Music: Dear John
‘johnsmith is a whatever being.’ It’s a statement scrawled on the mysterious artist’s website, Soundcloud and Facebook pages, and it’s become shorthand for the enigmatic cabaret creature’s description of their (non-)identity.
“Since I was born I couldn’t stop changing shape,” they tell me over the phone. “I was always in flux, so I called myself ‘whatever being’ – I found the name in a book. I’m always evolving, so maybe soon I might start settling in one form and then the way I describe myself will have to evolve too.”
This exciting, unstable attitude towards whatever form they find themselves in is reflected most strikingly in johnsmith’s stunningly strange live performances. When they first emerge, you might think you recognise what you see – a man, a woman, or an amazingly bespangled rave angel, perhaps – but by the end, you won’t be so sure. johnsmith has changed before your eyes, and it’s hard to comprehend but unspeakably thrilling.
johnsmith combines drag sensibilities with electronic sound geekery, by thoroughly misusing Ableton to slow down, quicken or otherwise twist iconic pop tracks into a new form. The music is ‘glitched’ almost beyond recognition, creating a sound that’s related to vaporwave and witch house or, as johnsmith describes it, ‘glitchyoke’.
By diffracting, melting and renewing music we’ve heard hundreds of times already, they transform the original artist’s message, telling new tales with a story that’s already well-trodden. So far, Madonna’s What It Feels Like for a Girl, No Doubt’s Don’t Speak and Blondie’s Heart of Glass have had the glitchyoke treatment.
Somewhere johnsmith have found space and a supportive community to practice their sometimes provocative art is at Thorny, a wildly popular Bristol night that provides a much-needed DIY platform in the city. The events are a hybrid of gig, cabaret show and club night, and embrace artists from music and DJs to live art, spoken word and drag. Two years ago Thorny was the first place johnsmith began experimenting with live vocals with the help of a backing track from another exciting Bristol artist, Many Monika.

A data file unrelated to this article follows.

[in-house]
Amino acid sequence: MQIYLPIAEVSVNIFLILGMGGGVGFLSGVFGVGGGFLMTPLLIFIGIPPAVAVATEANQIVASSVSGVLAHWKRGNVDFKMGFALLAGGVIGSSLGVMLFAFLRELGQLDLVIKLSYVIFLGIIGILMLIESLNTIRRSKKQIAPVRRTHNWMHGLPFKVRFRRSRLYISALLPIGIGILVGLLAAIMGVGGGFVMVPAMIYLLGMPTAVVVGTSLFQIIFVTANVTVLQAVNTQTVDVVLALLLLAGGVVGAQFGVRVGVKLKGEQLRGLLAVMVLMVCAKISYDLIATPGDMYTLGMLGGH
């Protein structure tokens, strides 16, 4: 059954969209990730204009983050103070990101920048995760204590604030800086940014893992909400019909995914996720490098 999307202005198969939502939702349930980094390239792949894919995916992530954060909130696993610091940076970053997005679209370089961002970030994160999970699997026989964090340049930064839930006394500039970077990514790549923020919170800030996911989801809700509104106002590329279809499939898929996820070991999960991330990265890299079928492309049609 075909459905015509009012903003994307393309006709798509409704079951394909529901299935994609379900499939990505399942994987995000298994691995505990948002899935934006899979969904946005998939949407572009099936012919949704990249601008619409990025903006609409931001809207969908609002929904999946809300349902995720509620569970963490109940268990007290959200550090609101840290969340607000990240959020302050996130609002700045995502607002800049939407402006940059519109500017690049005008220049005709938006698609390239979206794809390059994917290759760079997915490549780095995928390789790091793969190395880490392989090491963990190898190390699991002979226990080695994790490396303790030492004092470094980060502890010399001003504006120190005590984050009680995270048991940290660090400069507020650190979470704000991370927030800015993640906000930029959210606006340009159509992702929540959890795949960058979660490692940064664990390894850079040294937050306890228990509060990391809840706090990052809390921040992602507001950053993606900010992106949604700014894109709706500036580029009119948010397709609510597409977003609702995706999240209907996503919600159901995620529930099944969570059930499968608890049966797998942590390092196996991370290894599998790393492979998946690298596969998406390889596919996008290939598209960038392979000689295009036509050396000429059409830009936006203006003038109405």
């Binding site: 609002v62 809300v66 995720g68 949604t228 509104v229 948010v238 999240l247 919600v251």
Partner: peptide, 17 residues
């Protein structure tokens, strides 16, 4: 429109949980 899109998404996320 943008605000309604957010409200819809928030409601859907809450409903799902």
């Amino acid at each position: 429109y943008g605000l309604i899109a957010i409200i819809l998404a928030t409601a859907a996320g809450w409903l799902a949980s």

johnsmith explain that they couldn’t have embarked on the journey towards making their own ‘music’ (at the moment, sounds from their heart, breath and voice arranged into sludgy, rhythmic chunks) if it wasn’t for spaces like these: “Thorny never asks you to define yourself and it allows you to be whatever,” they say.
At the heart of johnsmith’s music and performances is the idea of never taking anything at face value – chopping, glitching and mixing familiar sounds to find something new. So what would they like their audiences to walk away thinking about? “Transformation,” they suggest.
See johnsmith at Thorny with KosmoSuna and more at Cube Microplex, Friday, June 16, 7.30pm – late. More information and tickets available at headfirstbristol.co.uk